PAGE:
Northland NZYF member heading to national finals of NZ Dairy Industry Awards

Posted by on 25 April 2018 | Comments

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Managing a farm with 40 hectares of flats that flood and hills that turn brown at the first hint of summer can be a juggling act.

But it’s a challenge Sam Moscrip thrives on.

The Whangarei Young Farmers member is a herd manager on his parents’ 160-hectare dairy farm at Hukerenui in Northland.

The property receives an annual rainfall of 2000 mm, with most of it falling over the winter and spring.

“When it rains in the winter, it really rains,” laughs Sam. “You’re always keeping an eye on the weather forecast.”

“I’ll often graze the flood country if a big storm’s coming, even if it’s not quite ready, because I know those paddocks will end up under water,” he said.

Sam was named Northland Dairy Manager of the Year in March. It was his first time entering the awards programme.

The 21-year-old also took home a whopping six merit awards.

“I just couldn’t believe it. I’d go up on stage and collect an award, then while I was out the back getting my photo taken, my name would be read out again. It was unreal,” he said.

Sam heads to Invercargill in less than a fortnight for the national finals of the NZ Dairy Industry Awards.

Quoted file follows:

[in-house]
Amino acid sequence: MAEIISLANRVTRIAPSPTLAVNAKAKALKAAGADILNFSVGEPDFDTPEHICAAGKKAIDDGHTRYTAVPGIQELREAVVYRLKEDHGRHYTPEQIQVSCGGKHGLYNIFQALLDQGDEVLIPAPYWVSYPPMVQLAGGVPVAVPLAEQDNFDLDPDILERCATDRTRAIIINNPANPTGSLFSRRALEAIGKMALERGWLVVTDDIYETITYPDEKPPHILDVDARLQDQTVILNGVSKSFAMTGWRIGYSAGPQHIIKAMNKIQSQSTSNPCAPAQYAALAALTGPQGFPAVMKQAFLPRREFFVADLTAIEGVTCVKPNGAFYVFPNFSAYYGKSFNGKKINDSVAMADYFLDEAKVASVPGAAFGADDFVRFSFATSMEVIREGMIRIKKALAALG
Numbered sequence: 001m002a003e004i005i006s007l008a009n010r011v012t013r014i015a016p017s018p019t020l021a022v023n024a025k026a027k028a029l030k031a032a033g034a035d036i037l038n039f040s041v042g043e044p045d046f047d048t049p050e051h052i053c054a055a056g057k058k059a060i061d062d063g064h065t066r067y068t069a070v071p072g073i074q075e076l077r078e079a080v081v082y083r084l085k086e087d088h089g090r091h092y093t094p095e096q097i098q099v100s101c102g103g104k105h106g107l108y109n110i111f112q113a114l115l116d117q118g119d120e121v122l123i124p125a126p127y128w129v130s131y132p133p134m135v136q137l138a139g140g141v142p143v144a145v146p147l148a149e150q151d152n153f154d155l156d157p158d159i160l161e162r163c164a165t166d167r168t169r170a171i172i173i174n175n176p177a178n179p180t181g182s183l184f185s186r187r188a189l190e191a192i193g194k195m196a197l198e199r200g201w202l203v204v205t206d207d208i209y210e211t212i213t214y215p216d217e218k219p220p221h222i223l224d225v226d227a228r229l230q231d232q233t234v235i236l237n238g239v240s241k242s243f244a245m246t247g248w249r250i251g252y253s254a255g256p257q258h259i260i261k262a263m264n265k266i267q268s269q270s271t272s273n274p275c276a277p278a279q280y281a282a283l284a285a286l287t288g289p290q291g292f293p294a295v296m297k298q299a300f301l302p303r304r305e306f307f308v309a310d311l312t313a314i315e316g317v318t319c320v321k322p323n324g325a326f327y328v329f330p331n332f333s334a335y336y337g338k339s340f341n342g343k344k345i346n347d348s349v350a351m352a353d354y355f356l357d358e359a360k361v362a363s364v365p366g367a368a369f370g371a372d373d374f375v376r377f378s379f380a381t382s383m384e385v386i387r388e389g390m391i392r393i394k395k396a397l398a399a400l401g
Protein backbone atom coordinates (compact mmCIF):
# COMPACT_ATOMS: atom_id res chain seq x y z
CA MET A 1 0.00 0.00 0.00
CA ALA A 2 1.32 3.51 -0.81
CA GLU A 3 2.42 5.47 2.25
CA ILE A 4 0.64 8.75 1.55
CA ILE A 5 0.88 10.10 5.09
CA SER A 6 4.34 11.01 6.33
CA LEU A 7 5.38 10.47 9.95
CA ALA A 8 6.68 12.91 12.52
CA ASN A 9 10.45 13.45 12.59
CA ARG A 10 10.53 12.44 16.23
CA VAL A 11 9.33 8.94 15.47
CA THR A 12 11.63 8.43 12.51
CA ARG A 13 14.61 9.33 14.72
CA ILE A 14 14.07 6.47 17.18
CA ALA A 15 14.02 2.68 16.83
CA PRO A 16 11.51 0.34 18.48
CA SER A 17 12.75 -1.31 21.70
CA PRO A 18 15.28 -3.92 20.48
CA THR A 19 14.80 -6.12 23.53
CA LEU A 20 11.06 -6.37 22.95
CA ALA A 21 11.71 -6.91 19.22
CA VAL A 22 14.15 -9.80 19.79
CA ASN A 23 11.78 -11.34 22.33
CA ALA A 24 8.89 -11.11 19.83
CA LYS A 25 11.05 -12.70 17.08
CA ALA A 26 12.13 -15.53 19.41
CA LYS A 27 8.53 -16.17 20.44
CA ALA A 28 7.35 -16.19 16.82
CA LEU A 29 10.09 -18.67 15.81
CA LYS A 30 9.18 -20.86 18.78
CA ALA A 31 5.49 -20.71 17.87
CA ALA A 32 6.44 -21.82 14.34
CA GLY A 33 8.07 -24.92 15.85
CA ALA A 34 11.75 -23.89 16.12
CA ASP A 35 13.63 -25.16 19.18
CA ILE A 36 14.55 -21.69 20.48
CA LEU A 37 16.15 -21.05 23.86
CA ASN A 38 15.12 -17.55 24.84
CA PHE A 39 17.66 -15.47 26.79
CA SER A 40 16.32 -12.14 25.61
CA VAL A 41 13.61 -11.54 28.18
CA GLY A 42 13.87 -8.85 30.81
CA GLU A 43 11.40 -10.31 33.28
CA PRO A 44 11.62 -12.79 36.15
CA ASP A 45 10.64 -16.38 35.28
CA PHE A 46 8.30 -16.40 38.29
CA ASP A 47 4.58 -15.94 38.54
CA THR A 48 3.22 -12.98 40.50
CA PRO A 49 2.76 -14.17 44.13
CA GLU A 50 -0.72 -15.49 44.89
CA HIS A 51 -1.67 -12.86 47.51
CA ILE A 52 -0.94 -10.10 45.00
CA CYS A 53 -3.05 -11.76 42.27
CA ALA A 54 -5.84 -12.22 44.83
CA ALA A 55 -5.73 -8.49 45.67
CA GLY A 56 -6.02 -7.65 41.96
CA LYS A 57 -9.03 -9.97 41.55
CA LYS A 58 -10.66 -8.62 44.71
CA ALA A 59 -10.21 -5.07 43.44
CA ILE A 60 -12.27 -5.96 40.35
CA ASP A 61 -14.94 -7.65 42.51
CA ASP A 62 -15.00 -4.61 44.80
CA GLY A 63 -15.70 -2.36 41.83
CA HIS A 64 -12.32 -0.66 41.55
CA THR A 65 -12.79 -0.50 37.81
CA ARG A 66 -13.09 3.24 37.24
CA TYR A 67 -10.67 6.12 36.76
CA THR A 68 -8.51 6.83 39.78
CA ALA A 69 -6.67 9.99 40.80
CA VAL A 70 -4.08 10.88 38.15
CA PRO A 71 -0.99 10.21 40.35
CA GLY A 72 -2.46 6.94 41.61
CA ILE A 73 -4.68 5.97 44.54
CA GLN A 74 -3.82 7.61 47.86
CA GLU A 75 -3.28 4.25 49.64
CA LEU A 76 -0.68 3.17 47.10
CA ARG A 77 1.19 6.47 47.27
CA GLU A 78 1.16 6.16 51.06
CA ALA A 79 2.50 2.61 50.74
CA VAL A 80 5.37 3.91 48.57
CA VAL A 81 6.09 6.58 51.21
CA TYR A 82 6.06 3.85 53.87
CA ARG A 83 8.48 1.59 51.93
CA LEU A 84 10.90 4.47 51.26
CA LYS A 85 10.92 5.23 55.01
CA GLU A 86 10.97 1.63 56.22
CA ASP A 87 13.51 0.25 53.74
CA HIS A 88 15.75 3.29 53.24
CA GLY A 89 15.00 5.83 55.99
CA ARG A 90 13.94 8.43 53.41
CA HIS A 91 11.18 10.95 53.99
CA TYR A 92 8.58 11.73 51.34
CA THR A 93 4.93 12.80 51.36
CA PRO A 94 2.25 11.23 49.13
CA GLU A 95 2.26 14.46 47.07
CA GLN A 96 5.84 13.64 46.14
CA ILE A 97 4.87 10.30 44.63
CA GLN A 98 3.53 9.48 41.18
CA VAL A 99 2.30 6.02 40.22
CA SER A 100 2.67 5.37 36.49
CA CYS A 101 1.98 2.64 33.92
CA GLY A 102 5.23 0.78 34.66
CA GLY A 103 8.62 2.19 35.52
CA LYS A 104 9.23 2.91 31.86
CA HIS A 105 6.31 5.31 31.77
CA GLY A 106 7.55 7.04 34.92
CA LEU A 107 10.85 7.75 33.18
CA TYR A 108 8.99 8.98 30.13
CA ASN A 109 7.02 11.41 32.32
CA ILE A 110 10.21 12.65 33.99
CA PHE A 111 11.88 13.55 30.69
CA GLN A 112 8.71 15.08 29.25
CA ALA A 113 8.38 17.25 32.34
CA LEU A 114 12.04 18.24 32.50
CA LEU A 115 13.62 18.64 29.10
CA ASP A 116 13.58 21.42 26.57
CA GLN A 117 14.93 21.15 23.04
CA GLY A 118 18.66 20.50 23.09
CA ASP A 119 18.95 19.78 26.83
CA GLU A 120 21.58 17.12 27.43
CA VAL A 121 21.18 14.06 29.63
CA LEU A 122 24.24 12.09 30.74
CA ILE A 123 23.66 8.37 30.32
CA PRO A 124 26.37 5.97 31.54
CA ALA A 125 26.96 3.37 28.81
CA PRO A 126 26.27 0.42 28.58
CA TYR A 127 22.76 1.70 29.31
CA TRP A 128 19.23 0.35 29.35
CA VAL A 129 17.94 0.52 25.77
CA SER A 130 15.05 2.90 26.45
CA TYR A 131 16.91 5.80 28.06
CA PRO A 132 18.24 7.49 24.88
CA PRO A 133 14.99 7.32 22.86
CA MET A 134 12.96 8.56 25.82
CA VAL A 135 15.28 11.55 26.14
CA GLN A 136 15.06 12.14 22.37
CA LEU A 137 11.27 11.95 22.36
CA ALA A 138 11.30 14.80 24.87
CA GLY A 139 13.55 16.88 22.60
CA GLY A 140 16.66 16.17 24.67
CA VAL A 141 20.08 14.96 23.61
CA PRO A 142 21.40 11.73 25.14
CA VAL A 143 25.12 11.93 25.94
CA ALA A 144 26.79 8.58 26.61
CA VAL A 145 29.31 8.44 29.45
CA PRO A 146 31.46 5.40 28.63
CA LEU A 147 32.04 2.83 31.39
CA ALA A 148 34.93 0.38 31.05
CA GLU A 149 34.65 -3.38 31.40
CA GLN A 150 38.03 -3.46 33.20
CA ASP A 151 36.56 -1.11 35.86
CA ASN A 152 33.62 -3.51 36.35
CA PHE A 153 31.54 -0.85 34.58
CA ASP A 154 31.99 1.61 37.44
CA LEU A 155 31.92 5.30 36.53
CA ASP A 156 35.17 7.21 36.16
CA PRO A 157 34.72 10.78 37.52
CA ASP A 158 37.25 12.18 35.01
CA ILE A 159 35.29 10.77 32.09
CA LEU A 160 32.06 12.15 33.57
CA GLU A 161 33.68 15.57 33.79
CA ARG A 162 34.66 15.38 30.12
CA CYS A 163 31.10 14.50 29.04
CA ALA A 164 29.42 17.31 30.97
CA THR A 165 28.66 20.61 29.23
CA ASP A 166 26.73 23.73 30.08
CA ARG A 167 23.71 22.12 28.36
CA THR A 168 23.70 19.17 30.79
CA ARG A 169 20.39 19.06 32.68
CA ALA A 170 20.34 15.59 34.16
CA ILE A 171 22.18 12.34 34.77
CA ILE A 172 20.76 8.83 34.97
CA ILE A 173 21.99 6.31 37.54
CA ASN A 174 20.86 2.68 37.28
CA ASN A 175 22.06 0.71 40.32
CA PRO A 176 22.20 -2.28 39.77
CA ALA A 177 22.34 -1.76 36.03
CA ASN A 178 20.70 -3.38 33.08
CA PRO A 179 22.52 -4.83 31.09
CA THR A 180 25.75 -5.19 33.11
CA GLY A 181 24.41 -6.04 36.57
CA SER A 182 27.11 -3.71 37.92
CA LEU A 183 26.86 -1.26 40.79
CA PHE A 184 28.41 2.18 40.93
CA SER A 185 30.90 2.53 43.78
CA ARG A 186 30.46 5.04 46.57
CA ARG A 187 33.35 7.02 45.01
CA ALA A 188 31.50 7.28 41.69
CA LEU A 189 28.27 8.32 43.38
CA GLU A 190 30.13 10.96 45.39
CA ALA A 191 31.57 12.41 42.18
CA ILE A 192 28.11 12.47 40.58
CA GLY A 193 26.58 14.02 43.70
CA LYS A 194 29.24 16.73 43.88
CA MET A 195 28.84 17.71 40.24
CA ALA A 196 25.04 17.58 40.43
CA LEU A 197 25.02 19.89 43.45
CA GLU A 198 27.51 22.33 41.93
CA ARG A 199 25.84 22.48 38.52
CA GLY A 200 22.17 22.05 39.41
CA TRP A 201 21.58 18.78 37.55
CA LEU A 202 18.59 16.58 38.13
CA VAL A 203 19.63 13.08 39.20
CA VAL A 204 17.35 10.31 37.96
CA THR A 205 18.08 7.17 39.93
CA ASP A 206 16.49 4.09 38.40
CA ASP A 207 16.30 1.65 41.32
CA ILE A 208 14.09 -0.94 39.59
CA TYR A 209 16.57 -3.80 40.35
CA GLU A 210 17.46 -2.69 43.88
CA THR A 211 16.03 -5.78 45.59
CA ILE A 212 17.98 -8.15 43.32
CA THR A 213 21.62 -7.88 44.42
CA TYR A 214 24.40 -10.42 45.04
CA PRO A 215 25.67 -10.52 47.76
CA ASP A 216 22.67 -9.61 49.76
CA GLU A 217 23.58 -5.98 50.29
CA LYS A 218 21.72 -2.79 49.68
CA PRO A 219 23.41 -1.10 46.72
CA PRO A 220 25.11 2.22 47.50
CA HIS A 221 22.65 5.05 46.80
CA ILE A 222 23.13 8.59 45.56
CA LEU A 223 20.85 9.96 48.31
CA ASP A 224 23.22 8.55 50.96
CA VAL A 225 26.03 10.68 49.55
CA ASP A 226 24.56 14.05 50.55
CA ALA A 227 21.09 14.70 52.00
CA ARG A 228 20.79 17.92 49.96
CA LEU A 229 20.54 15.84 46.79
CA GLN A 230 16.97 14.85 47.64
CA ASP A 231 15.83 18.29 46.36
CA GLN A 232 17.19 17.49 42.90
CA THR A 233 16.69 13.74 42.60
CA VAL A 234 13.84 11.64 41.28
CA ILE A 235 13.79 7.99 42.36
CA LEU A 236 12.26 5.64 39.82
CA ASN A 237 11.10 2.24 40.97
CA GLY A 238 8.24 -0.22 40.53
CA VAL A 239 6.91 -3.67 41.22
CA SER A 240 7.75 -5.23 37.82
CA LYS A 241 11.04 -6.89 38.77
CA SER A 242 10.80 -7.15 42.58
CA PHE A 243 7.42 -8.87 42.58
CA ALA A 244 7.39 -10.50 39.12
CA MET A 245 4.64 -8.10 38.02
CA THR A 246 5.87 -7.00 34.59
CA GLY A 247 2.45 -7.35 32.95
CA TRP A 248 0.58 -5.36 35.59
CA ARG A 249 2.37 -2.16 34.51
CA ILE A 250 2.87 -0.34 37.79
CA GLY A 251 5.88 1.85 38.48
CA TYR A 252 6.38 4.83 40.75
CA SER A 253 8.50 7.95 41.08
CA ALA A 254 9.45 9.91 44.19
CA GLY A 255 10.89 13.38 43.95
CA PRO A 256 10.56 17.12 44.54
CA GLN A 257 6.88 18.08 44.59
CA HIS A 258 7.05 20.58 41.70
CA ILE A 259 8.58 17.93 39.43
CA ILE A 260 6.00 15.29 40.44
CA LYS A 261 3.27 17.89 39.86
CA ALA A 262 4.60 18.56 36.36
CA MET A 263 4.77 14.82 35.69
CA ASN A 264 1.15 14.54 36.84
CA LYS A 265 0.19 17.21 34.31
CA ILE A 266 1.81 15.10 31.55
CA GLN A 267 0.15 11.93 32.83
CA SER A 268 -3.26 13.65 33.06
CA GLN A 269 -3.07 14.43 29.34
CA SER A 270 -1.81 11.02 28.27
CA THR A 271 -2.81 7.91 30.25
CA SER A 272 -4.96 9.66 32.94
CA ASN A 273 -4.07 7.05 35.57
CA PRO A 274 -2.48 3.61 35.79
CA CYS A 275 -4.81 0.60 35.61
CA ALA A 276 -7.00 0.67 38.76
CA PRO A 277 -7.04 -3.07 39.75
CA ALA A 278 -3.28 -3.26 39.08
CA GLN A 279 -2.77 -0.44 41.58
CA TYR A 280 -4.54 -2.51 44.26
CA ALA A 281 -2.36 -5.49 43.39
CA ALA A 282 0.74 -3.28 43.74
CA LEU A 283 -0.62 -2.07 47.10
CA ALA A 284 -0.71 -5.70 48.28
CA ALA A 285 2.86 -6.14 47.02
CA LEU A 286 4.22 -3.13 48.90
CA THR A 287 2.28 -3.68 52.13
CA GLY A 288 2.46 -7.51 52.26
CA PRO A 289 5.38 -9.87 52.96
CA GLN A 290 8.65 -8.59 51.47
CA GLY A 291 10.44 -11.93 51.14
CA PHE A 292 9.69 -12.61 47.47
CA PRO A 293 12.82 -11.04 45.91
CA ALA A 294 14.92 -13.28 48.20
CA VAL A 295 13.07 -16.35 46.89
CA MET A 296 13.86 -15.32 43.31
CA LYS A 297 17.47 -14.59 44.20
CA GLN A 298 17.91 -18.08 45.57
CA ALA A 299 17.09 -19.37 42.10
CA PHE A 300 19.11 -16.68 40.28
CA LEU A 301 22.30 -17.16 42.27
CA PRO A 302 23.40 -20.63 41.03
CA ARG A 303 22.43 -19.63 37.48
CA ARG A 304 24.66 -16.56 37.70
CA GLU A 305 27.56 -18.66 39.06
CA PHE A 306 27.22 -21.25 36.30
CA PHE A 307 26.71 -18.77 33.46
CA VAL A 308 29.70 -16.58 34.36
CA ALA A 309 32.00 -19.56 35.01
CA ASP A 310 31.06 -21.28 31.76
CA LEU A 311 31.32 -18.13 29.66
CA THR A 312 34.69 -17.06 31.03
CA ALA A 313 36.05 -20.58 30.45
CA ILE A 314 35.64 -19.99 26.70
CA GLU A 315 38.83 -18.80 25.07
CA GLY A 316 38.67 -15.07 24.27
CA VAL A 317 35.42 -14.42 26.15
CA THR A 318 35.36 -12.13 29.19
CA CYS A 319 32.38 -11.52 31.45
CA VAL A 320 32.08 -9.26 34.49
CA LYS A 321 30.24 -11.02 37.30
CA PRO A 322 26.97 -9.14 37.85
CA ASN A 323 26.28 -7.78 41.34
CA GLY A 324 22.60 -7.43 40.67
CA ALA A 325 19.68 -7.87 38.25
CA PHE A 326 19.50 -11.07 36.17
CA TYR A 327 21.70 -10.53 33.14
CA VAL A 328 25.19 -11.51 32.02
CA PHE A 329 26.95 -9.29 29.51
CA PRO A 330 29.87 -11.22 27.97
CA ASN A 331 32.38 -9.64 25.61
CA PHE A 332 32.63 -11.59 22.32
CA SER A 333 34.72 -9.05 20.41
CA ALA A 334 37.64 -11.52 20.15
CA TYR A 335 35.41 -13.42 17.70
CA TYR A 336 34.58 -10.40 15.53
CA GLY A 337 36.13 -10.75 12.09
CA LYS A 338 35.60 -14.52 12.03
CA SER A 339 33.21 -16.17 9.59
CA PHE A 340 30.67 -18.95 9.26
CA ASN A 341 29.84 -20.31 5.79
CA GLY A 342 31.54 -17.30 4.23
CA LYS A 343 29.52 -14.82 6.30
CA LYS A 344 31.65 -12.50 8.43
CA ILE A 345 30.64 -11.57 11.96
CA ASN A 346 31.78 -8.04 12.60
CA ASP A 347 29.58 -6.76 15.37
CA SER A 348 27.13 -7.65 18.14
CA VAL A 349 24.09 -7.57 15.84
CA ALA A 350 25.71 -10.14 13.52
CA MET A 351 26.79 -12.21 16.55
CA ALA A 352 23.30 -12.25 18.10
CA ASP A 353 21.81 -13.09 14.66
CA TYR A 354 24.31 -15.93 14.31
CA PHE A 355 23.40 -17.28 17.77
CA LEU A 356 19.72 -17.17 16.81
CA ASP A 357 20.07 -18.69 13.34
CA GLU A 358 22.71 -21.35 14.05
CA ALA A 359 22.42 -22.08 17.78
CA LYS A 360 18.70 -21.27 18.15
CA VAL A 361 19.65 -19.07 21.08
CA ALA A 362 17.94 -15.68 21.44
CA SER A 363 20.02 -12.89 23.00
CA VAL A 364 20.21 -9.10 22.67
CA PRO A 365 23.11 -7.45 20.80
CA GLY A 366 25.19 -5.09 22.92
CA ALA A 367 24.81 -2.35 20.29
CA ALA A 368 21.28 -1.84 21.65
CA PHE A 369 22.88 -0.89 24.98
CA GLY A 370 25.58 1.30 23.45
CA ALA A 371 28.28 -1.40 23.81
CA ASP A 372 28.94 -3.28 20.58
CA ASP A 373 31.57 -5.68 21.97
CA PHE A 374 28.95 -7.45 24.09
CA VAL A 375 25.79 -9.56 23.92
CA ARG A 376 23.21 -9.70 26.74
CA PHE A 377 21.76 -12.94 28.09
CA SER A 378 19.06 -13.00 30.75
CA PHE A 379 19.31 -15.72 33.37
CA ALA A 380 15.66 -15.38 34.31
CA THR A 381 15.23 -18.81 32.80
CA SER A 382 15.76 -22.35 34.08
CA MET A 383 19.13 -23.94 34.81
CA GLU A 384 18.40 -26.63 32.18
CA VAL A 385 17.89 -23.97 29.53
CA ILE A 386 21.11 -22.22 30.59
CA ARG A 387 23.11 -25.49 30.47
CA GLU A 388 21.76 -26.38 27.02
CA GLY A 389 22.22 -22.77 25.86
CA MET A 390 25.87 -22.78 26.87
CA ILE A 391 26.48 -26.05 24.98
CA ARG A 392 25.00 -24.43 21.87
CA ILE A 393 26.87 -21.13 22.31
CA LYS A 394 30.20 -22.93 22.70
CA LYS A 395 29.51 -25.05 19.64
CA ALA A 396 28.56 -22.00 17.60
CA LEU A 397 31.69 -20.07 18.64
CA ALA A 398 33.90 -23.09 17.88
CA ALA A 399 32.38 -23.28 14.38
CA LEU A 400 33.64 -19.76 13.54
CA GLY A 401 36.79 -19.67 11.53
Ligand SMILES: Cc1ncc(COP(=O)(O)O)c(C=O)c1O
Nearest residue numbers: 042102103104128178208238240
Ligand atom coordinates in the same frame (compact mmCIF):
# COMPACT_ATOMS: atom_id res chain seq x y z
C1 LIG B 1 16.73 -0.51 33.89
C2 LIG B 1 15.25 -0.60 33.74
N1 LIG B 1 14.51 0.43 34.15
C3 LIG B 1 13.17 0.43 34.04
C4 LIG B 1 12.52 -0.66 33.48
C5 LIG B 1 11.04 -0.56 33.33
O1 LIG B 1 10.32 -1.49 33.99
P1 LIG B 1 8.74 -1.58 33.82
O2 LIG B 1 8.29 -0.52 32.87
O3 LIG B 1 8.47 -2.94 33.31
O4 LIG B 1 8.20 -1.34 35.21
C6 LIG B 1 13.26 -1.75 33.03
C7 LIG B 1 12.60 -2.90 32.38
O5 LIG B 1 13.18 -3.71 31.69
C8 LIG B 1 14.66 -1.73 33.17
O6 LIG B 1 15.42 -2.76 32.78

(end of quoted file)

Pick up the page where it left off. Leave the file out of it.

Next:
“I’m a bit nervous about nationals, but that’s probably a good thing,” he said.

“I’m really looking forward to the experience because the bulk of the judging will be over by then and it’ll be an awesome opportunity to network with a few like-minded characters.”

Sam Moscrip.Sam returned to the family farm in November 2016, after completing a Bachelor of Commerce (Agriculture) at Lincoln University.

“I wasn’t planning on coming straight home. But an opportunity came up, so I grabbed it. I have a great working relationship with my family,” he said.

Sam entered the NZ Dairy Industry Awards to get feedback on how he’s doing.

“Being back on the family farm, it would have been quite easy for me to cruise along under Dad’s wing,” he said.

“I wanted to benchmark myself against other farm managers in Northland to see where I was at.”

The farm is made up of the original milking platform, which is connected to a runoff by a lease block of land.

It milks 400 cows through an 18-aside herringbone shed, split into two herds.

A herd of 150 heifers and lighter cows is milked once-a-day all year. The main herd of 250 cows, is milked twice-a-day until mid-December when it also goes once-a-day.

“We’d probably need another labour unit if we kept milking them twice-a-day,” he said.

“The average liveweight of the cows in the larger herd is 430-440 kilograms. They produce 435 kilograms of milksolids a year.”

“We achieve that by producing as much milk as we can before Christmas. We have a tight calving pattern and our six-week in-calf rate is 76 per cent,” he said.

The farm relies on very little imported feed.

Production is mainly grass-based, with 10 hectares of maize grown on-farm. About 100-120 tonnes of grass silage is harvested each spring. Palm kernel expeller is used to fill feed gaps during droughts.

Historically three to five hectares of turnips has been planted to provide summer feed, but it wasn’t this season.